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Subject: Re: [office] Passwords

Hi Daniel, all,

actually, the "password" we are talking about do not belong to a 
security feature like digital signatures or encryption, but are only 
passwords that an office application user interface may request before a 
user may remove the write protection of a text section or table.

The hash values we are talking about are only used to encode the 
password itself.

For this reason, I think it should be sufficient to specify a single 
hash algorithm that shall be used. Since we are using SHA1 already 
inside the packages, and since SHA1 is used in practice by 
OpenOffice.org, I would like to propose that we specify that SHA1 is 
used to calculate the hash value. This seems also to be in alignment 
with the W3C xml-enc requirements that Florian has posted.

If we want to extend this to other algorithms, then we need an 
additional attribute to specify the algorithm that is used to encode 
that hash value. Given the purpose of the password attributes in 
question, I personally don't think we need that. But if we want to 
support additional algorithms, then I agree to Florian's suggestion to 
follow the XML Encryption specification.

There is only exception, and this is the password attribute specified in 
section 8.8.3 Source Service. This password is checked by the external 
components that this section describes itself. The ODF implementation 
therefore has no control how the password is encoded. The attribute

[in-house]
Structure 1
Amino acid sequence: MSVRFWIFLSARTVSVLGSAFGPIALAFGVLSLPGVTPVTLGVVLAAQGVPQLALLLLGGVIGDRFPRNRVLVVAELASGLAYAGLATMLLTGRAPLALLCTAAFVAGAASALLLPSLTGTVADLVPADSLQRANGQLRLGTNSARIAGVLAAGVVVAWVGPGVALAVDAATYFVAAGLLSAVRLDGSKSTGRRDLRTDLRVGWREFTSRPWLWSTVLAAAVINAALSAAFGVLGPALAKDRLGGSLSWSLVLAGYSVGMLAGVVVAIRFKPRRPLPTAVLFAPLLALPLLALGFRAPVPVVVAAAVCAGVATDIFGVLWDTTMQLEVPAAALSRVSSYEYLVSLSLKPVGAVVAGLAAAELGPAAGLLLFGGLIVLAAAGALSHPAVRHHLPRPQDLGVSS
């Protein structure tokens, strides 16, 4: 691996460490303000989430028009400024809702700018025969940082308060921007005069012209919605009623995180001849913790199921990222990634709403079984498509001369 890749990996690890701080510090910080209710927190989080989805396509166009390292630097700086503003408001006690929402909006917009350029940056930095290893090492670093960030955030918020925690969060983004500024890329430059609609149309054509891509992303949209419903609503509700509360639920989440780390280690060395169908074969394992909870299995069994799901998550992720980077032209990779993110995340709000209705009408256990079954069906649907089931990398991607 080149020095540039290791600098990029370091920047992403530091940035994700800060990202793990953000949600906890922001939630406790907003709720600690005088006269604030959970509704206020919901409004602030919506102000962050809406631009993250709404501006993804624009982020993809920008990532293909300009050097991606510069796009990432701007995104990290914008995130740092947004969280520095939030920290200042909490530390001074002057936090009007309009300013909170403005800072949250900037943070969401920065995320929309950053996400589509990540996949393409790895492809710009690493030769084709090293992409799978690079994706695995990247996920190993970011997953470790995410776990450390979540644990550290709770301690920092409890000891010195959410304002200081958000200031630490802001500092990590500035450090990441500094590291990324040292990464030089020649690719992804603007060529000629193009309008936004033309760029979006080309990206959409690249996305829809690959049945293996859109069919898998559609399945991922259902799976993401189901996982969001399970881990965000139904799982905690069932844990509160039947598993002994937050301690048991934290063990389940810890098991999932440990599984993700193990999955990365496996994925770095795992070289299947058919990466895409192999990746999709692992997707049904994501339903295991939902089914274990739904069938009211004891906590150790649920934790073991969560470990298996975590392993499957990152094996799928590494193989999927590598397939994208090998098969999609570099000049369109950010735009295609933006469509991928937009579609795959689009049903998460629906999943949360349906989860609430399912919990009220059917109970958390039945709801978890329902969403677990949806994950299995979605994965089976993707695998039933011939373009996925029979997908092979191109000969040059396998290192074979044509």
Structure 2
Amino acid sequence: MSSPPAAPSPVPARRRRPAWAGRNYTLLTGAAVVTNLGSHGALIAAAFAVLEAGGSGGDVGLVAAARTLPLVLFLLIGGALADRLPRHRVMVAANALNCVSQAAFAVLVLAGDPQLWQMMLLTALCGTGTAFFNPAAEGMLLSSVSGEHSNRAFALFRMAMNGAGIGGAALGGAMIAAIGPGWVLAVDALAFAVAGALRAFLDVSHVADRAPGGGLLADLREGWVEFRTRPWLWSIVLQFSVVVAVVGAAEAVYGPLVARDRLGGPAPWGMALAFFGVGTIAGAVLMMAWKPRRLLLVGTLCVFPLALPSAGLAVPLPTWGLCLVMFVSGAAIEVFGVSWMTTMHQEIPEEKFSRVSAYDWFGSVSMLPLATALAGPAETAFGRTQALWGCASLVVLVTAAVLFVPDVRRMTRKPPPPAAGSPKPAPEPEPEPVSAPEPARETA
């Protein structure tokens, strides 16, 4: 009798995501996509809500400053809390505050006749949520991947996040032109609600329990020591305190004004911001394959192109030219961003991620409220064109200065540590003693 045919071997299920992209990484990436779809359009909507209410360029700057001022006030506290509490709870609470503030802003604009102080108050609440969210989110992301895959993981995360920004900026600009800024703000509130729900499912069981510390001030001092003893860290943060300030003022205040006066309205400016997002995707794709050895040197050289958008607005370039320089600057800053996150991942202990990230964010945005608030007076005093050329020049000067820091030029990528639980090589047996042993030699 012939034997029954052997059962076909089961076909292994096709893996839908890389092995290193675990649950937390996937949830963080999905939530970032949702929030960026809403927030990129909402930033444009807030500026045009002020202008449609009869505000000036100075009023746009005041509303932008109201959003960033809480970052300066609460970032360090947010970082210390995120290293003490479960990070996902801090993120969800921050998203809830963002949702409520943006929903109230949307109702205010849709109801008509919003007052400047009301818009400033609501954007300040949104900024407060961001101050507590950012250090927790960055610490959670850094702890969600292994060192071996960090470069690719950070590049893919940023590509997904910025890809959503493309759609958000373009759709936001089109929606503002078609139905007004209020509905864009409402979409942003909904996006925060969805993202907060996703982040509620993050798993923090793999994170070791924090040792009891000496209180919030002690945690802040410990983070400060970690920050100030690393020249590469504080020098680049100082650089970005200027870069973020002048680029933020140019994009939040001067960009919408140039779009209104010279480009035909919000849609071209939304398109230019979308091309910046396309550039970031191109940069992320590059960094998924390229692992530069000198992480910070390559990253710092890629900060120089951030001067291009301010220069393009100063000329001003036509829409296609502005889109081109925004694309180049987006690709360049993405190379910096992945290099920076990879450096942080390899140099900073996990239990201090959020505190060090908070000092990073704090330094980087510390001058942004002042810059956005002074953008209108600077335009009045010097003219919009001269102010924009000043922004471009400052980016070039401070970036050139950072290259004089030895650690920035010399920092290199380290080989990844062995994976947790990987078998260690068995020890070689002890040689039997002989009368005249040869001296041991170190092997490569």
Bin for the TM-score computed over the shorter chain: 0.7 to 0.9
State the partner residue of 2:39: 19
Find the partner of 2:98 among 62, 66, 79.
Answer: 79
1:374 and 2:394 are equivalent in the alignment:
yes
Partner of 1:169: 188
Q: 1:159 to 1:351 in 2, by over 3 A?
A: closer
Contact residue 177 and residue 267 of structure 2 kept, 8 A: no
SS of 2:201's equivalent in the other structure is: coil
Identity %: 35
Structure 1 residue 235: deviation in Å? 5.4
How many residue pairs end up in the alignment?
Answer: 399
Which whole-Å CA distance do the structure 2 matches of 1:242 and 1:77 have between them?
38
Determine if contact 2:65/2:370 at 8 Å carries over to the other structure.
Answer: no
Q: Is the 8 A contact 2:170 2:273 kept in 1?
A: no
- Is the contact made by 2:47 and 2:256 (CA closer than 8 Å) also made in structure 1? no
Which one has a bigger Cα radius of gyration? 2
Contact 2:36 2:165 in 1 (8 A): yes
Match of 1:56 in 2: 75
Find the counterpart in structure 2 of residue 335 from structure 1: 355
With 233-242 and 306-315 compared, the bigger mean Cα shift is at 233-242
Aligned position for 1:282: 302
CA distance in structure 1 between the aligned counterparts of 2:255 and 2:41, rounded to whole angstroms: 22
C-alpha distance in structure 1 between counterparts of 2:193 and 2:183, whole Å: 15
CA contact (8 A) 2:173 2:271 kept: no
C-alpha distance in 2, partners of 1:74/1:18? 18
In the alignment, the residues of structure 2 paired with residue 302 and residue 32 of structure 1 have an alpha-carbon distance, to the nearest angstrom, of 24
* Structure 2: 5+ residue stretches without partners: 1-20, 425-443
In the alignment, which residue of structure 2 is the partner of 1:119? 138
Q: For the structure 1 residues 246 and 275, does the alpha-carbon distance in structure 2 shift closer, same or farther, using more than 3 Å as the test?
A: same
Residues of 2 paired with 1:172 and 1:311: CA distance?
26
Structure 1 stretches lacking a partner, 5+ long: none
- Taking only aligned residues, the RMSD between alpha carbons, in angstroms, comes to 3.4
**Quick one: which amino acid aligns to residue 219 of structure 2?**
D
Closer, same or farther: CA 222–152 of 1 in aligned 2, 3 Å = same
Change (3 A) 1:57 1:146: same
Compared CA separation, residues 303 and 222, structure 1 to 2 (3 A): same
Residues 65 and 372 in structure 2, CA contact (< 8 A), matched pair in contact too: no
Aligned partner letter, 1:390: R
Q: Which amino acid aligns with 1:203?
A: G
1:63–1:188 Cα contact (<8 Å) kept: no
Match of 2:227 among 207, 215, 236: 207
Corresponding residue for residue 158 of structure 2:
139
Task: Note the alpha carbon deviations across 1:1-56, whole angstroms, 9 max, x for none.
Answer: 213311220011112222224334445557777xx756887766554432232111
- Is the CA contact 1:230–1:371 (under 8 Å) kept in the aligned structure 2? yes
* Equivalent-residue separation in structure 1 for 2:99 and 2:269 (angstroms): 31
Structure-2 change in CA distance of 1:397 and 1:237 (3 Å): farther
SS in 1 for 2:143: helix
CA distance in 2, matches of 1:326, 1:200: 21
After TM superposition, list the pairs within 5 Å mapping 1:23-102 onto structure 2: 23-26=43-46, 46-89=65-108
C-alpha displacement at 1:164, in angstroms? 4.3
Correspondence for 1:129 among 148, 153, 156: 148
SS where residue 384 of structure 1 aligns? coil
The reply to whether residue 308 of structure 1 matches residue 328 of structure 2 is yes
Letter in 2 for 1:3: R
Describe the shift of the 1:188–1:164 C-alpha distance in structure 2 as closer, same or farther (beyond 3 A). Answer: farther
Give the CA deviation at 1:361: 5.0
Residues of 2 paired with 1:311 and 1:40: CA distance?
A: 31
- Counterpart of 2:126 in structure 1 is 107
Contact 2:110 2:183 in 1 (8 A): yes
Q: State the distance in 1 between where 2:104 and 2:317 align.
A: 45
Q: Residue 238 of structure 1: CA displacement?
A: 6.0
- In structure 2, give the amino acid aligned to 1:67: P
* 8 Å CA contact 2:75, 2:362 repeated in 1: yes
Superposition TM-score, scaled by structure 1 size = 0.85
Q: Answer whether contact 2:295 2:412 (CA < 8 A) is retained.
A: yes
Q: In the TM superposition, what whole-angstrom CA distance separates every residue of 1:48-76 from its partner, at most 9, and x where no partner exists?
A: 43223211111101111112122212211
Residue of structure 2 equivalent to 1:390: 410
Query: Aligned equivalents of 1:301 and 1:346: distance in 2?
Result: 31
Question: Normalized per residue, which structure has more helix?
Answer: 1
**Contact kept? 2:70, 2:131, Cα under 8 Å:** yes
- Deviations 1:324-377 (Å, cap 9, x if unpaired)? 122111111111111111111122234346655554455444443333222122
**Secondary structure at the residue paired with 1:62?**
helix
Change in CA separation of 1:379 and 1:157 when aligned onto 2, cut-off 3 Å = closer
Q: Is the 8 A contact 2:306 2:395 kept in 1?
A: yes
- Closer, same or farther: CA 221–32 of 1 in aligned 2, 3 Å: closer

description therefore seems to be correct.

Best regards


Daniel Carrera wrote:
> On Tue, 2006-28-11 at 11:11 +0000, Daniel Carrera wrote:
>> Yes, that would be good. We can say that SHA1, SHA256, SHA512 and
>> RIPMEND-160 are all ok (list taken from xmlenc), but all implementations
>> must support at least SHA256 but preferably all.
> I know this is moving further away from Florian's list, but I think we
> should also include WHIRLPOOL. There are good reasons for this:
> 1) SHA and RIPMEND are based on the same design principles, the same as
> MD4/MD5, and hashes from this family are continuously being broken (MD4,
> MD5, SHA-0, SHA-1 and the original RIPMEND). Some worry that there is a
> fundamental design problem (see Bruce Schneier) and we need a completely
> different algorithm.
> WHIRLPOOL is the only popular hash I know of that is of a different
> design.
> 2) WHIRLPOOL is an ISO standard (ISO/IEC 10118-3), is un-patented, is
> believed to be secure, and it has been recommended by the NESSIE
> project.
> NESSIE = New European Schemes for Signatures, Integrity and Encryption
> http://en.wikipedia.org/wiki/NESSIE
> I notice that NESSIE did _not_ recommend SHA-1 at all, but only the
> later variants.
> In fact, why don't we use the NESSIE list instead of xmlenc? NESSIE's
> list is WHIRLPOOL, SHA-256, SHA-384 and SHA-512.
> I would feel more comfortable using this list than the other one. And we
> could say that applications must support at least WHIRLPOOL and SHA-256.
> What do you think?
> Cheers,
> Daniel.

Michael Brauer, Technical Architect Software Engineering
Sun Microsystems GmbH             Nagelsweg 55
D-20097 Hamburg, Germany          michael.brauer@sun.com
http://sun.com/staroffice         +49 40 23646 500

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